By Karen Litzinger, MA, LPC
Whether you call them resolutions, goals, or intentions, the beginning of the year is a good time to reflect on the past and look toward the future.
It's a new year with exciting possibilities even in a difficult economy. As a matter of fact a difficult economy is part of the reason to always be thinking about possibilities.
It reminds us we need to take active steps in our career....more than just hanging on! Think proactive, not reactive!
- Evaluate your career fit in terms of interests, skills, values
and personality. Don't wait until you're miserable and desperate!
- Explore what is out there in terms of jobs, industries, including
the job market in addition to career fit.
- Update your resume. That will make the path easier for when
you actually do need it.
- Organize your work contacts, performance appraisals, and
results of projects and keep copies at home. You never know when you might
get a pink slip and need to leave immediately.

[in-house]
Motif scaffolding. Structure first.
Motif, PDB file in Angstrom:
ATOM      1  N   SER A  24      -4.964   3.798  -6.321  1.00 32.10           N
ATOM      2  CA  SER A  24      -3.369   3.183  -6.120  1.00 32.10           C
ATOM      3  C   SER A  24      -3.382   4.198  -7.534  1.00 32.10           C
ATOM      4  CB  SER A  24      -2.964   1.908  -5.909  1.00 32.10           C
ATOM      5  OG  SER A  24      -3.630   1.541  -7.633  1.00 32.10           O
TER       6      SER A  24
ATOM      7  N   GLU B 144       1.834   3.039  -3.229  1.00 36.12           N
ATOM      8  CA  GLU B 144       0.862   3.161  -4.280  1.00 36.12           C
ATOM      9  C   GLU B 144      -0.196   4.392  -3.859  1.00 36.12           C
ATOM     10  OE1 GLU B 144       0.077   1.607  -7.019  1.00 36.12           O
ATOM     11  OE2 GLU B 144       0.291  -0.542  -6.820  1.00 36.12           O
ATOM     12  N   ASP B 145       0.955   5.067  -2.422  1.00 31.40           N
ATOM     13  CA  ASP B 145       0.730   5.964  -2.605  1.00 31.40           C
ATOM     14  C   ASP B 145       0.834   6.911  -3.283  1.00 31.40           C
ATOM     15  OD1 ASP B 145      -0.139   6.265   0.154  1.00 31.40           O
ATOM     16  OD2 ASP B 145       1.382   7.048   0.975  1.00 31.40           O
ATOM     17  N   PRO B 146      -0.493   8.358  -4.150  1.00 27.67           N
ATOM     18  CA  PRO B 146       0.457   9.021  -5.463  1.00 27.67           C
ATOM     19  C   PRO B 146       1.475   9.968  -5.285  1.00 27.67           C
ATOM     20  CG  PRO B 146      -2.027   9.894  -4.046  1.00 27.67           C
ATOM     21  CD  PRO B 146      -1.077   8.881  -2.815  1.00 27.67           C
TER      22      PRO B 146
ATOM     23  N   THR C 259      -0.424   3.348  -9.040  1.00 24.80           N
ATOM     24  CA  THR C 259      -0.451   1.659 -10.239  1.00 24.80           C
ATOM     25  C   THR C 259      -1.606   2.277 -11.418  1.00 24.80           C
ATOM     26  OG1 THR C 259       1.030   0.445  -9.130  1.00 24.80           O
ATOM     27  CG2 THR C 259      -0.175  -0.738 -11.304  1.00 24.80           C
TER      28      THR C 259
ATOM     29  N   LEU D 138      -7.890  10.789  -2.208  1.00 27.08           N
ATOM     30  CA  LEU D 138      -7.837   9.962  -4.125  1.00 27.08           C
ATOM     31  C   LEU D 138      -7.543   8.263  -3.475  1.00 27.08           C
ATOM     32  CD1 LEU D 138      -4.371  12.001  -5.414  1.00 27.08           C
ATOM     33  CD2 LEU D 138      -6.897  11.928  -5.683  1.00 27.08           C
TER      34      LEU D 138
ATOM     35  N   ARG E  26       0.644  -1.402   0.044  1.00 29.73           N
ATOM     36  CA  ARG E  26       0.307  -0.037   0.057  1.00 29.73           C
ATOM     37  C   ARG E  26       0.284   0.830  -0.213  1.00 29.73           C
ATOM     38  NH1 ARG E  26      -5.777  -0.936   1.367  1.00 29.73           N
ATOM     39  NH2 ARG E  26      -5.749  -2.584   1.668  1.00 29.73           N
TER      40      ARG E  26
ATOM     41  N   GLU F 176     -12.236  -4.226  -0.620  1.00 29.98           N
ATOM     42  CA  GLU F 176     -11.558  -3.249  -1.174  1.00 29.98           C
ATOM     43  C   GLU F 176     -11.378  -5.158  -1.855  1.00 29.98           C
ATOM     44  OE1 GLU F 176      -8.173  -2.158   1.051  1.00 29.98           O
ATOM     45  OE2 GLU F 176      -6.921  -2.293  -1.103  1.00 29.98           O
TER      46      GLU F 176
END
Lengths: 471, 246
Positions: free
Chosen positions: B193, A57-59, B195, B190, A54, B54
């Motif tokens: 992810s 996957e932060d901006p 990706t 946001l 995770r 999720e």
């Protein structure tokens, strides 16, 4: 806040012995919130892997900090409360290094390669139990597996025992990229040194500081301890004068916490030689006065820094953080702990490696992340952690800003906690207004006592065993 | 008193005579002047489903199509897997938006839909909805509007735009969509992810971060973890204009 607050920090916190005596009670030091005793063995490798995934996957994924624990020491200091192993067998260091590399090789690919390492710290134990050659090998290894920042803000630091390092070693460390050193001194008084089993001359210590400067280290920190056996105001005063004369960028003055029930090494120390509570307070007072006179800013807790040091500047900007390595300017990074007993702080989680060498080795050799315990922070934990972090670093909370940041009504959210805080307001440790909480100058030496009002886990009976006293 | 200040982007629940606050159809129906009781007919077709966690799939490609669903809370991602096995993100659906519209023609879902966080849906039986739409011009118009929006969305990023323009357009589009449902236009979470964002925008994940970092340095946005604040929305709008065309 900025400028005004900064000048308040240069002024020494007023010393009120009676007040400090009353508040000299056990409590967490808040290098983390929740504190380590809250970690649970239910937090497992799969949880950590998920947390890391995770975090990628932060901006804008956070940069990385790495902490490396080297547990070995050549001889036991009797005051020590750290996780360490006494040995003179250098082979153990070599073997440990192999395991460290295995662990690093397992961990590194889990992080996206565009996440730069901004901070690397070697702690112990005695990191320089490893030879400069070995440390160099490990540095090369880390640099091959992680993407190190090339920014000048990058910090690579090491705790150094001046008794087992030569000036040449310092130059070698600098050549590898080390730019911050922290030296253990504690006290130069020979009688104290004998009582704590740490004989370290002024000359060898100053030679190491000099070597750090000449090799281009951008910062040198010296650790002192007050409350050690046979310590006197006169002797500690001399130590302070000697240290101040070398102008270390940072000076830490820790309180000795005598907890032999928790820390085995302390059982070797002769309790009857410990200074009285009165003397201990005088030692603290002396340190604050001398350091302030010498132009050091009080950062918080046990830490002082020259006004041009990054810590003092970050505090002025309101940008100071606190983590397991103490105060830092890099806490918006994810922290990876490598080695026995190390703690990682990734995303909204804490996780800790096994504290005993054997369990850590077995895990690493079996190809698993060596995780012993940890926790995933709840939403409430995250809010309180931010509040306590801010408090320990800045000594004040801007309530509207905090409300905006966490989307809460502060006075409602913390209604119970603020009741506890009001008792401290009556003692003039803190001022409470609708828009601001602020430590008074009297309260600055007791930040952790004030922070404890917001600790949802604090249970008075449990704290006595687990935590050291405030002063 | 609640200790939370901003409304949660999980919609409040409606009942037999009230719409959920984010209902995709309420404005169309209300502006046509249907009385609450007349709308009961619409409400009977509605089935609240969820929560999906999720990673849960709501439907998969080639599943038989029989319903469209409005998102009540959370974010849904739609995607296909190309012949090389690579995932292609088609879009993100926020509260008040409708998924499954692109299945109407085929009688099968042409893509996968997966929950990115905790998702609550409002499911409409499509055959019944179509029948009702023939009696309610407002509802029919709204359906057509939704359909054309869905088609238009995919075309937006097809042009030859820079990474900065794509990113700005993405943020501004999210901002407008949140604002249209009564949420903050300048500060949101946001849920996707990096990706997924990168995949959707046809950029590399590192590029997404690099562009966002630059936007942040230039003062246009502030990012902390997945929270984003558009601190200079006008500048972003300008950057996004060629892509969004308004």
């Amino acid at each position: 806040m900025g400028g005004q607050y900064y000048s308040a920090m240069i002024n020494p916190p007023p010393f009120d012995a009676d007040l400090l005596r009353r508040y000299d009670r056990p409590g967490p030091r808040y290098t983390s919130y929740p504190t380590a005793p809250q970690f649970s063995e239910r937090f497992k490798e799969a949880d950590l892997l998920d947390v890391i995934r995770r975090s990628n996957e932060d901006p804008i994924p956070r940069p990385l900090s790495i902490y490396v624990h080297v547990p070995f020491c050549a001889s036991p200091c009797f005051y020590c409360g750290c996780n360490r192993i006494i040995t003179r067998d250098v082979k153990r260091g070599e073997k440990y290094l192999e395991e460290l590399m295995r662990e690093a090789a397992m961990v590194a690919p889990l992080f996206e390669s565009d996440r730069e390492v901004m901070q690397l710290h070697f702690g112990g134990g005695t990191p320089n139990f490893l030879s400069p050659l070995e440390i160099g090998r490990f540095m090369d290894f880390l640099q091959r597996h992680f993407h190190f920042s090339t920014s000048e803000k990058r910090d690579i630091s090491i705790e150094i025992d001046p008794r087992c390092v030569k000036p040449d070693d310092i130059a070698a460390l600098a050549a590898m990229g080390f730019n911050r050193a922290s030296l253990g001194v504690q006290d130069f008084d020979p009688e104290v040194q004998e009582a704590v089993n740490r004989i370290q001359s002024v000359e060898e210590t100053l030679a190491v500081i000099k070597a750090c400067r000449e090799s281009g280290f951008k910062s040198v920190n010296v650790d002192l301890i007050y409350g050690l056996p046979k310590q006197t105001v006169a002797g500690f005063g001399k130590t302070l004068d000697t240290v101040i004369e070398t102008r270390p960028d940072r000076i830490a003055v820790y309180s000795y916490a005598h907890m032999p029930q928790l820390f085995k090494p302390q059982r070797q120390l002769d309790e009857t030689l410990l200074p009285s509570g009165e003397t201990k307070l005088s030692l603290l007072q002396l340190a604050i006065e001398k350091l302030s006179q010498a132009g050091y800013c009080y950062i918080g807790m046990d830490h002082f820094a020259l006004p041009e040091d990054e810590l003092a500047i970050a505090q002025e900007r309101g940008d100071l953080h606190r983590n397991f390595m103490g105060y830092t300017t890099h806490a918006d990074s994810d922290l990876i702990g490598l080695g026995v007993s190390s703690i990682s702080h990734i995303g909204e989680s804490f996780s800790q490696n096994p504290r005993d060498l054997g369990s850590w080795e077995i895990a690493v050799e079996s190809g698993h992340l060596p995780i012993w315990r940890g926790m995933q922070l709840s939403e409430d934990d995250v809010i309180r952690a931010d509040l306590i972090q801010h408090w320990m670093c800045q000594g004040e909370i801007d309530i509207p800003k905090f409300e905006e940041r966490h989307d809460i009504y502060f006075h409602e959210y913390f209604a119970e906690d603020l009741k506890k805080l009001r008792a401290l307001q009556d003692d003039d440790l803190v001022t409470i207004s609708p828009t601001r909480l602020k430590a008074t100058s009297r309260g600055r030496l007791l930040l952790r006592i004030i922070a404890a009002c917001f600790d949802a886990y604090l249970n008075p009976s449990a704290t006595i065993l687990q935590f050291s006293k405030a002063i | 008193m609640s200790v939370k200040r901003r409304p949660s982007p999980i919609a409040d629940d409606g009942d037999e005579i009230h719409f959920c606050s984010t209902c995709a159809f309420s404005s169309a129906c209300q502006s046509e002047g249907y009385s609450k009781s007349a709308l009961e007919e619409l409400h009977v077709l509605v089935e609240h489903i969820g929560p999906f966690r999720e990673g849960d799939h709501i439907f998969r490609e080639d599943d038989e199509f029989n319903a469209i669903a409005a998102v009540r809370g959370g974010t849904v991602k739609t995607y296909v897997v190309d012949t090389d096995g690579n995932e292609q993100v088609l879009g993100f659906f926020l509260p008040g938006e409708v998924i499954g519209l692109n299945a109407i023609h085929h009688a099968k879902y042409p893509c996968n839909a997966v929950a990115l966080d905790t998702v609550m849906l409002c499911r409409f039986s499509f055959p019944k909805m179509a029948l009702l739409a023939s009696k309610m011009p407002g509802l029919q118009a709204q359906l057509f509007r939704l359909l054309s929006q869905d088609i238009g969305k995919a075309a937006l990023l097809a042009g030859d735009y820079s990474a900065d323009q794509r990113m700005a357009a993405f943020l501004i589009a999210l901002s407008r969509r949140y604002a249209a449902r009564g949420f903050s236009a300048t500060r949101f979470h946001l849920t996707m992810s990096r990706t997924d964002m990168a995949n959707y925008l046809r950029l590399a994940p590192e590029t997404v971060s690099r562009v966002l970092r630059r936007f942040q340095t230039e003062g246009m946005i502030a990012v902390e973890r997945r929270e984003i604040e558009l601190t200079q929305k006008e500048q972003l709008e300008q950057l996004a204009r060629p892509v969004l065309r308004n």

- Develop a “free agent” mentality thinking of
your career as a series of projects to do and skills to learn since job security
is a thing of the past.
- Take a class or develop a new skill. Anything may be helpful,
but think about what your goals are and what is being asked for in the market.
- Reach out to some networking contacts you haven't been in touch with for a while. Thank people who have helped you in the past.
- Seek active involvement in a professional association, whether a leadership role or strategic committee involvement.
- Engage in social media, definitely LinkedIn, and possibly Facebook, Twitter or a blog. Be careful about what you post.
- Read trade and professional journals and consider writing a submission.
- Take care of yourself physically, emotionally, and spiritually in whatever fashion has meaning to you.
- Ask yourself what role you want your career to play in your life and what you want out of life.
It's an ambitious list, and I'm not sure I will personally get
through them all. Even if you think about these items and take action on half
of them, you'll be ahead of the game. Go with what you most want to do than
simply what you think you "should" do. Admittedly, career planning
and the job search may contain some items a person may not want to do, but are
simply good practices.
©2012, Litzinger Career Consulting. Permission granted
to reprint this article so long as the text and by-line are not changed and
reprinted intact with all links made live.
Karen Litzinger, MA, LPC, owner of Litzinger Career Consulting, provides career
counseling, job search advising, outplacement consulting, and business etiquette
training. More information is available at